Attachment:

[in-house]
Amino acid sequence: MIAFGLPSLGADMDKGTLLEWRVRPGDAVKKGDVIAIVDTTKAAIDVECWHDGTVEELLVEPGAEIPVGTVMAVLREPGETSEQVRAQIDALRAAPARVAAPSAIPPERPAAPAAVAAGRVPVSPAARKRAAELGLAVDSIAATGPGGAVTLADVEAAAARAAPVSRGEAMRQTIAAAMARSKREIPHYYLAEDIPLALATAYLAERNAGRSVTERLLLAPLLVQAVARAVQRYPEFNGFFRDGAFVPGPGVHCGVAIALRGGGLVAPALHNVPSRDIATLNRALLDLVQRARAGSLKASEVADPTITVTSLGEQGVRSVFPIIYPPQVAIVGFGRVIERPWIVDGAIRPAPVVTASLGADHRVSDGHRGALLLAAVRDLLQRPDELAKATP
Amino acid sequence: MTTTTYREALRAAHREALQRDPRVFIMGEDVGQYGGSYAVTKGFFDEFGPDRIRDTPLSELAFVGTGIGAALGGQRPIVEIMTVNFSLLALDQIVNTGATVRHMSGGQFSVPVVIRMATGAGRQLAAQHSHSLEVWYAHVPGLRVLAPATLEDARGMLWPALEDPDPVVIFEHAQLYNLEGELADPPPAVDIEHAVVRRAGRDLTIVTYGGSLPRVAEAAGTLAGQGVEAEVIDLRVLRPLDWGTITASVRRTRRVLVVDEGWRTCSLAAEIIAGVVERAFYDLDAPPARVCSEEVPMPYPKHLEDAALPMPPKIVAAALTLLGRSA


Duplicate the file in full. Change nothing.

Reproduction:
[in-house]
Amino acid sequence: MIAFGLPSLGADMDKGTLLEWRVRPGDAVKKGDVIAIVDTTKAAIDVECWHDGTVEELLVEPGAEIPVGTVMAVLREPGETSEQVRAQIDALRAAPARVAAPSAIPPERPAAPAAVAAGRVPVSPAARKRAAELGLAVDSIAATGPGGAVTLADVEAAAARAAPVSRGEAMRQTIAAAMARSKREIPHYYLAEDIPLALATAYLAERNAGRSVTERLLLAPLLVQAVARAVQRYPEFNGFFRDGAFVPGPGVHCGVAIALRGGGLVAPALHNVPSRDIATLNRALLDLVQRARAGSLKASEVADPTITVTSLGEQGVRSVFPIIYPPQVAIVGFGRVIERPWIVDGAIRPAPVVTASLGADHRVSDGHRGALLLAAVRDLLQRPDELAKATP
Amino acid sequence: MTTTTYREALRAAHREALQRDPRVFIMGEDVGQYGGSYAVTKGFFDEFGPDRIRDTPLSELAFVGTGIGAALGGQRPIVEIMTVNFSLLALDQIVNTGATVRHMSGGQFSVPVVIRMATGAGRQLAAQHSHSLEVWYAHVPGLRVLAPATLEDARGMLWPALEDPDPVVIFEHAQLYNLEGELADPPPAVDIEHAVVRRAGRDLTIVTYGGSLPRVAEAAGTLAGQGVEAEVIDLRVLRPLDWGTITASVRRTRRVLVVDEGWRTCSLAAEIIAGVVERAFYDLDAPPARVCSEEVPMPYPKHLEDAALPMPPKIVAAALTLLGRSA